Thursday night it won the Hollywood Radio and Television International Broadcasting Award for being the best of 1973. Previous winners have include Alka Seltzer's "spicy meatball" spot and the competition involves 3,500 commercials produced in 45 countries.

It's also nominated for the CLIO award to be presented in mid-June. [And it won! — Ed.]

"I've been in the business 20 years and I've never seen any response to and ad campaign as phenominal as this …and I probably never will again," Fries said. "Somehow we got it all right."

It is his voice that's used in the commercial.

"I just did it to show someone how I'd like the voice to be done …and I wound up doing it."

C.W., incidentally, has only "partially" learned to drive a truck.

"I actually hrove in some scenes, but only in third and fourth gear," he said. "It gave me a lot of respect for drivers. It takes skill and isn't as easy as it looks. I'd rank truck drivers with an airline pilot."

He had never been in the cab of a big tractor before shooting the commercial. Drivers would come up to the set and invite him to look at their trucks.

"They have air conditioning, beds and TV sets," C.W. said. "I was just flabbergasted at the appointments they have and the cost of the trucks."

C.W. and Mavis have yet to convince their families how popular they really are.

He is planning to bring his children posters. The oldest daughter, Alex, is working on a master degree in English at the University of Virginia, the next, Kate, just got married, and his son, Bud, will graduate from high school next weekend.

Mavis is not new to the Siouxland Area. She and her husband, John Capps, lived in Omaha for three years and he traveled in Iowa and Nebraska for J. Capps & Son, Ltd., "and believe me it's limited," based in Jacksonville, Ill., the oldest men's clothing manufacturers in the country, she proudly proclaims.

How does her husband feel about the success and the television "romance" with C.W.?

"He likes it and wants me to hurry and get famous so he can be my manager and get rich," she laughed.

As we left C.W., he was furiously busy signing autographs, posing for pictures, answering questions and "havin' a ball."

"Hey, C.W.! Say hello to our son. He just loves your commercials," yelled a mother.

"Hi there, little feller. Gosh darn! I wish I had old Sloan here to meet you. He's a golden retriever and he's all heart."

Will there be more truck-drivin' commercials?

"Gosh, I sure hope so," C.W. drawled.

So does all of Siouxland.

Snack Magic

Spread eight hamburger bun halves with a mixture of one 4-1/2 ounce can deviled ham, one tablespoon minced onion and one tablespoon ketchup. Top each with a slice of American cheese and broil until cheese is bubbly. Makes eight open-faced sandwiches.

Song A’ Th’ Week

You are getting sleepy. Very sleepy. Your eyelids are heavy. The white lines on the highway are soothing. You want to sleep. HEY! WAKE UP! YOU'RE DRIVING A TRUCK!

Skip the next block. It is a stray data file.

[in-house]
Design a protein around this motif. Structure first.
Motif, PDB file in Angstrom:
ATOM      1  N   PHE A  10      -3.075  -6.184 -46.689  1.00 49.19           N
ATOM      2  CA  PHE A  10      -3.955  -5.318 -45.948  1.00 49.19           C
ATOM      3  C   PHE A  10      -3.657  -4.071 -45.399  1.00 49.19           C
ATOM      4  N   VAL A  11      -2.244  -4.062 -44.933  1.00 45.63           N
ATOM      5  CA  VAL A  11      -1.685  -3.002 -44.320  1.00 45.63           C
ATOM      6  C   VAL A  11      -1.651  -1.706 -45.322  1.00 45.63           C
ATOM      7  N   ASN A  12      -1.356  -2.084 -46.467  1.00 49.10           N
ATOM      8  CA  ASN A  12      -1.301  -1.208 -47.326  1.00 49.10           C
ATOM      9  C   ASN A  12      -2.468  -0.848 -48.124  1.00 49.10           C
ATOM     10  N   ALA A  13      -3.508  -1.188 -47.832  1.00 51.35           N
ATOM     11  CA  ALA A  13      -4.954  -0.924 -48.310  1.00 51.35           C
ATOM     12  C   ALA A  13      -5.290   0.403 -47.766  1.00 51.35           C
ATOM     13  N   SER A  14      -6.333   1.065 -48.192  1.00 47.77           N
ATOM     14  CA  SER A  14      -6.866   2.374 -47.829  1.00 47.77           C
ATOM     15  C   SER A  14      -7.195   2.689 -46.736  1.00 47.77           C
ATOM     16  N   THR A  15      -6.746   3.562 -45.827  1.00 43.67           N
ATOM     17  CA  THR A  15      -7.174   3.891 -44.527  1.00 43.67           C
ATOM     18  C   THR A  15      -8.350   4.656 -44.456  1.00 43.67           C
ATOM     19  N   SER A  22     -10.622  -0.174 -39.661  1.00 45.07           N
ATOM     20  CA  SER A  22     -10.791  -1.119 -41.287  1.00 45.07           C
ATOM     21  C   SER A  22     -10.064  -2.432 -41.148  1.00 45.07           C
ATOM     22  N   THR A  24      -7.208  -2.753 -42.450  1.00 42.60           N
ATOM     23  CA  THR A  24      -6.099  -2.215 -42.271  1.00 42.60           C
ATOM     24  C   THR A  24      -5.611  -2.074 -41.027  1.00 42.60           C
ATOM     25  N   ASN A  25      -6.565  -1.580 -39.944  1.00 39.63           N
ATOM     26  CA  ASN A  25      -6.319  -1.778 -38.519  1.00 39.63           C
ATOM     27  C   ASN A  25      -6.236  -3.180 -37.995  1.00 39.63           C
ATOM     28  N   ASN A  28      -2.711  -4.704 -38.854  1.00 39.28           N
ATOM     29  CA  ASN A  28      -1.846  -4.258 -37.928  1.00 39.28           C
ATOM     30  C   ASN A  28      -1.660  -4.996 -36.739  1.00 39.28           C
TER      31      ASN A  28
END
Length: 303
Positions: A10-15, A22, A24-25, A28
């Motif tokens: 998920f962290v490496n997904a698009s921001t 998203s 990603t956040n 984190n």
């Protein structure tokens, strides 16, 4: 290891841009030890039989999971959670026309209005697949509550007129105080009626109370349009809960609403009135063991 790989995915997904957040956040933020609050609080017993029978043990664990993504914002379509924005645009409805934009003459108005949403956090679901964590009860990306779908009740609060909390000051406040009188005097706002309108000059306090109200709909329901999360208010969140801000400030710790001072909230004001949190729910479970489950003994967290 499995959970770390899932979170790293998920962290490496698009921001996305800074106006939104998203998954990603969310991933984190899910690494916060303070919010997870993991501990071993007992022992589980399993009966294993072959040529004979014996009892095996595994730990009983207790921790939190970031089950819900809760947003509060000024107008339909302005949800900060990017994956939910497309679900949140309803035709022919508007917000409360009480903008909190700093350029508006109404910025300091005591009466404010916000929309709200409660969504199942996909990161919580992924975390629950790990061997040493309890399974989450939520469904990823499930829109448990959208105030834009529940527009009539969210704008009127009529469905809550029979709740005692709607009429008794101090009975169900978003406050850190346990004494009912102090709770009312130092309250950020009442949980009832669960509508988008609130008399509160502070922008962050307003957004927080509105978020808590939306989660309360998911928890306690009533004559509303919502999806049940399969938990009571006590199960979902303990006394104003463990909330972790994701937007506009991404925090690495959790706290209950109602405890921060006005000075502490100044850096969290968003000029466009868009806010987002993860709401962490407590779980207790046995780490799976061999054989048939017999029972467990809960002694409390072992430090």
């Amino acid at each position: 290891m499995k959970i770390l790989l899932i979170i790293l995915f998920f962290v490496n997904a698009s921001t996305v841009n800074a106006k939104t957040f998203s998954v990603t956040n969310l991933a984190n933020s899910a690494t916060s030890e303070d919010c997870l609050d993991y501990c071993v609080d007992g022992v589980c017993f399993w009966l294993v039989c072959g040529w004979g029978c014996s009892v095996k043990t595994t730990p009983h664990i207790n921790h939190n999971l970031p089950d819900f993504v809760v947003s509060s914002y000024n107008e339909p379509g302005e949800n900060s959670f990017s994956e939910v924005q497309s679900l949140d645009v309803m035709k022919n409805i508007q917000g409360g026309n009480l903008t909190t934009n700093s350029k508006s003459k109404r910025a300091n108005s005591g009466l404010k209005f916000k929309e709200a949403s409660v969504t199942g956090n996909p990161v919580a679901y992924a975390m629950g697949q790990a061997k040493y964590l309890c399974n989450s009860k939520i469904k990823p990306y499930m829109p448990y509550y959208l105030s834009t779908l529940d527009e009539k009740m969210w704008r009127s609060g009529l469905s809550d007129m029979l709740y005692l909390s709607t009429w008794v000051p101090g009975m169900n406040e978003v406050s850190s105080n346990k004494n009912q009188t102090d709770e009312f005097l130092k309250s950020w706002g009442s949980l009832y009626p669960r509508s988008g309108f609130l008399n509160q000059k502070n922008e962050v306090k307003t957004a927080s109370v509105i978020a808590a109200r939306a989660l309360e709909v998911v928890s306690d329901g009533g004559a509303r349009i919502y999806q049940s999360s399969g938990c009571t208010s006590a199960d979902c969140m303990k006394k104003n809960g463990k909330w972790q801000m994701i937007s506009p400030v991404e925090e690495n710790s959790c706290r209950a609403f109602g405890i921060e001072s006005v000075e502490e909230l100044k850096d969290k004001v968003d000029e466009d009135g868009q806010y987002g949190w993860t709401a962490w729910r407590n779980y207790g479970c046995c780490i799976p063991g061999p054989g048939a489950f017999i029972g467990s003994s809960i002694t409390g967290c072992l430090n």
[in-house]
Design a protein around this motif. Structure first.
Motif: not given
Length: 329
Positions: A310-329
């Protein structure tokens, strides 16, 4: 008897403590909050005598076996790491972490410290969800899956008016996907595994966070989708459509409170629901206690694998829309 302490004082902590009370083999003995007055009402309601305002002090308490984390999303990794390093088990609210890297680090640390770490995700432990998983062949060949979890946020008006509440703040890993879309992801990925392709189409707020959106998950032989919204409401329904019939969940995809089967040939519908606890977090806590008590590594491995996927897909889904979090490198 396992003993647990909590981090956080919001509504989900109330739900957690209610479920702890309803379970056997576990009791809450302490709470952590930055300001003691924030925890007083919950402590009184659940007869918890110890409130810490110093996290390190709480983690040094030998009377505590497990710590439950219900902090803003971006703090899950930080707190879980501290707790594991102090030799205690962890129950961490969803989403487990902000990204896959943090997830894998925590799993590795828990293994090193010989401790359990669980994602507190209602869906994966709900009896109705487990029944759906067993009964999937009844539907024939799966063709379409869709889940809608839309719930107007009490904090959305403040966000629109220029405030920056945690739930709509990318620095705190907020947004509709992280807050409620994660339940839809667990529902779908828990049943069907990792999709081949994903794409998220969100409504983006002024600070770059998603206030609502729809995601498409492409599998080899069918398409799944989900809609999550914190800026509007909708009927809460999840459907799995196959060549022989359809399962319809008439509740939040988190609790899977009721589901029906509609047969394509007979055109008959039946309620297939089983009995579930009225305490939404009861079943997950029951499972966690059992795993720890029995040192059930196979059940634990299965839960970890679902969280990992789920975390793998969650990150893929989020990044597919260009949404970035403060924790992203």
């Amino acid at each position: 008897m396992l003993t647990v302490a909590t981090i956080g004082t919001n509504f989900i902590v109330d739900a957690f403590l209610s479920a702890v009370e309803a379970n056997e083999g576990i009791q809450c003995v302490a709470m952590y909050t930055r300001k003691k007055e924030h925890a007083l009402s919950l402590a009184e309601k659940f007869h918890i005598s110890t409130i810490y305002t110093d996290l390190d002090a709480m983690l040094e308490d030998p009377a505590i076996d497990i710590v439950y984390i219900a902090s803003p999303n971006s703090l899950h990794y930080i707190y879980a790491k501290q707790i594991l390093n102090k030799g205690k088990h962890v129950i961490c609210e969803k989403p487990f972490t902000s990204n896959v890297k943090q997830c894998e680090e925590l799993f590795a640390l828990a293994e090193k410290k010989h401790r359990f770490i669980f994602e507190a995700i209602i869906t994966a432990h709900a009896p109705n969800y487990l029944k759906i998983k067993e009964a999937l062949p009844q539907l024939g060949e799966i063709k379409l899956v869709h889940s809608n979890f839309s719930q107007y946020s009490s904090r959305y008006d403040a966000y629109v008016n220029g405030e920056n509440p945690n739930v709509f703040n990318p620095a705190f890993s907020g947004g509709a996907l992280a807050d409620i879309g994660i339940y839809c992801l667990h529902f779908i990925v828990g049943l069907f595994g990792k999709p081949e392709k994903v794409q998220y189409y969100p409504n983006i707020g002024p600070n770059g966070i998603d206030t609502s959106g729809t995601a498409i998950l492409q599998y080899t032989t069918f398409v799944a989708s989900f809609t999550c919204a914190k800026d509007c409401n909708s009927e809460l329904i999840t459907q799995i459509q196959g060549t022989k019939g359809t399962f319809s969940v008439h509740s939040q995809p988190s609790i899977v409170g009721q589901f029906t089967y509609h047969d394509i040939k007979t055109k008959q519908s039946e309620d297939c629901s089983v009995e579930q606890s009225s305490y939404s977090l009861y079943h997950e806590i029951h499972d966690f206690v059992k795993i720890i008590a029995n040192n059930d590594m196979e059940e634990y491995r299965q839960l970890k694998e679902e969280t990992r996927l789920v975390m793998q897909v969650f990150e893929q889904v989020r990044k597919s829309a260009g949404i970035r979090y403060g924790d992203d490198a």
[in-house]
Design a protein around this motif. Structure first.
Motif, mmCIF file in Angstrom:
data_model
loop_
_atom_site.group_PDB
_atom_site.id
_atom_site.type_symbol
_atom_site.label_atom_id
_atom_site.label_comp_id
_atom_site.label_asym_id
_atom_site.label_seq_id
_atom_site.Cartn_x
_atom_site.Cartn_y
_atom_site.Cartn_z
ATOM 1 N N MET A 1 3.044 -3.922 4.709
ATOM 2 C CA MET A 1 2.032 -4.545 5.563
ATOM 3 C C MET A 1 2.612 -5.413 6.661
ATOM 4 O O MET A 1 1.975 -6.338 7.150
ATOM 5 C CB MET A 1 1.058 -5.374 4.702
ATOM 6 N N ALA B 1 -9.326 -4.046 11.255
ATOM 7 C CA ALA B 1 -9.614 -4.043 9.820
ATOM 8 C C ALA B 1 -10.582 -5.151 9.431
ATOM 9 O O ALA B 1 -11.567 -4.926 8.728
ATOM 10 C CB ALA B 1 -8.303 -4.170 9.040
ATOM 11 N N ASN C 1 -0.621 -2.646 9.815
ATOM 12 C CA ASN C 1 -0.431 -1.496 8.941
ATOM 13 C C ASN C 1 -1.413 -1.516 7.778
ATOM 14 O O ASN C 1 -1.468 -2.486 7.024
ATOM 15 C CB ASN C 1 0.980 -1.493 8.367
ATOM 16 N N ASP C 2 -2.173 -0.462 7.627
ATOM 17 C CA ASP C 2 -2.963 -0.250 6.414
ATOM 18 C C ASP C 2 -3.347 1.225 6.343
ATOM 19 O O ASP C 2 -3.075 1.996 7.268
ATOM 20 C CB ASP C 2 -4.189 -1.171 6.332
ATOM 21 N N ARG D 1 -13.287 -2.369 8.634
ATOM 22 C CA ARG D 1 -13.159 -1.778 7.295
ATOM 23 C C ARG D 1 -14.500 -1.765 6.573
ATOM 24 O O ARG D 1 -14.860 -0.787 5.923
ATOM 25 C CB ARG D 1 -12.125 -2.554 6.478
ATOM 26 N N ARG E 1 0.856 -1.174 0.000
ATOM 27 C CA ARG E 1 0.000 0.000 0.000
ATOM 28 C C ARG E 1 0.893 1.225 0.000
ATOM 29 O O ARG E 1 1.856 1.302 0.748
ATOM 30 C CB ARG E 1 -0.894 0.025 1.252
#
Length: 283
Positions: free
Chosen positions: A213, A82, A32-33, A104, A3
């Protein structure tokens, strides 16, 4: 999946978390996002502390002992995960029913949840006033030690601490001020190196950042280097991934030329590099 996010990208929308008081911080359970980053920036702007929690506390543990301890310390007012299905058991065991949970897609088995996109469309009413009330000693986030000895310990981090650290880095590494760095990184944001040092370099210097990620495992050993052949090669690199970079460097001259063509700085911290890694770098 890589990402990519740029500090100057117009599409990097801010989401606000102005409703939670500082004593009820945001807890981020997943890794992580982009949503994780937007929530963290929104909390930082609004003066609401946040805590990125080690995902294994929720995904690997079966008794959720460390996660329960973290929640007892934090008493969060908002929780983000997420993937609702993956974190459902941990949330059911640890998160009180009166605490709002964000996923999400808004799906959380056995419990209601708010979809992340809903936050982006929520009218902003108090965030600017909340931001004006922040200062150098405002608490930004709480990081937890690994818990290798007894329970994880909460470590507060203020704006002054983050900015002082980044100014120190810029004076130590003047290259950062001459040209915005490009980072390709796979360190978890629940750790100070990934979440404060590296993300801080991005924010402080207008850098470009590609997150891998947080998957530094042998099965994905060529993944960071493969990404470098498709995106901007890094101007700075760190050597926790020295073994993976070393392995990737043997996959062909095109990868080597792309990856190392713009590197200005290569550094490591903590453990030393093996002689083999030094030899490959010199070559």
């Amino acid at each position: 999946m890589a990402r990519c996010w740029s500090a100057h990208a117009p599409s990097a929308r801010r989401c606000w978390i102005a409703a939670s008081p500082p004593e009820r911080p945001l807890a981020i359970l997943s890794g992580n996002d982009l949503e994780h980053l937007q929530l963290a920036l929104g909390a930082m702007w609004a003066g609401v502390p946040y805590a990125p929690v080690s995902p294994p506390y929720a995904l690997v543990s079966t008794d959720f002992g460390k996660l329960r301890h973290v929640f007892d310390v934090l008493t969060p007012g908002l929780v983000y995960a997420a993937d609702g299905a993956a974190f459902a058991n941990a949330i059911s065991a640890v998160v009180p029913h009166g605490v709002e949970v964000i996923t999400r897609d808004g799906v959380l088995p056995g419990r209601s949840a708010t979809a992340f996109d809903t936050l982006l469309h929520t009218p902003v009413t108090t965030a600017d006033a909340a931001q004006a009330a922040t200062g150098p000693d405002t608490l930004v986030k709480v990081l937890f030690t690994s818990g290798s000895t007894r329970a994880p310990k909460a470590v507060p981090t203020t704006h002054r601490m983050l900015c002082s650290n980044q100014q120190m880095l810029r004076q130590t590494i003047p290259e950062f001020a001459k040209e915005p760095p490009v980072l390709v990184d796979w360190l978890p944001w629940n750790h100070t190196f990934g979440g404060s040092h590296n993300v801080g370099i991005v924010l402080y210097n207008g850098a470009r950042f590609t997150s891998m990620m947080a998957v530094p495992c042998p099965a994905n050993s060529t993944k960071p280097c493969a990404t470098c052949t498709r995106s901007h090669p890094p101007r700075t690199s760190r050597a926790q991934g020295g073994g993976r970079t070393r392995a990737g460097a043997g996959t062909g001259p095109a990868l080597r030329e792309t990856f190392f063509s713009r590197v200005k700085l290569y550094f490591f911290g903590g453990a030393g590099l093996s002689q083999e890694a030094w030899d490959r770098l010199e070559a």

Night Rider
(Bill Fries, Chip Davis)
From the album Wolf Creek Pass

[A ghostly chorus]
Night rider

Well, a-truckin' on the night line, quarter past five
Tryin' to get my rig an' me to 'Frisco alive
Fog lights up tight, a-givin' me the creeps
Just a Winnemucca trucka with a load a' black sheep

[A ghostly chorus]
Night rider

I got a belly full a' jelly and head full a' pain
Bennies spinnin' spider webs, a-messin' my brain
Tryin' ta get myself together with a shot a' black C
What I really oughta get me is an hour a' Zs

[Chorus, but not ghostly]
Night Rider, Night Rider, losin' your mind
Look at those lights 'til you think you've gone blind
Night Rider, Night Rider, losin' your mind
Look at those lights, 'til you've gone blind

Well, Alabammy Mammy got a spell on my life
Kansas City Kitty cut my heart out tonight
I lost a C-note in Reno off a' Keno and craps
And now Smokey's on the overpass a-settin' his traps
White lines lasers burnin' holes in my eyes
Feel like I'm hypnotized, think I'm gonna die
Interstate 80, gonna get me no sleep
Just a-winkin' and a-blinkin' with a stinkin' load a' sheep

Night Rider, Night Rider, losin' your mind
Look at those lights 'til you think you've gone blind
Night Rider, Night Rider, losin' your mind
Look at those lights, 'til you've gone blind

[A ghostly chorus]
Night rider

[Ghostly, but it's not the chorus]
Ba ba black sheep, have you any wool?
Yes sah, yes sah, three bags full
One for my master, and one for my dame
And one for Jimmy Bowen who lives in L.A.

Night Rider, Night Rider, losin' your mind (yeah)
Look at those lights 'til you think you've gone blind

[Psychotic cackling here. He's losin' it.]

Night Rider, Night Rider, losin' your mind
Look at those lights 'til you think you've gone blind
Night Rider, Night Rider, losin' your mind
Look at those lights 'til you think you've gone blind

[Fade out]
Night Rider, Night Rider, losin' your mind
Look at those lights 'til you think you've gone blind
Night Rider, Night Rider, losin' your mind
Look at those lights 'til you think you've gone blind
Night Rider, Night Rider, losin' your mind
Look at those lights 'til you think you've gone blind
Night Rider, Night Rider, losin' your mind
Look at those lights 'til you think you've gone blind
Night Rider, Night Rider, losin' your mind
Look at those lights 'til you think you've gone blind

This song was rerecorded for the album The Real McCall: An American Storyteller.

Jimmy Bowen is a record producer.

The Legend-News is Copyright 2001 TechRen Enterprises. "What did I do?" "You killed the car." Thanks to Bill Fries and Chip Davis for the words and music.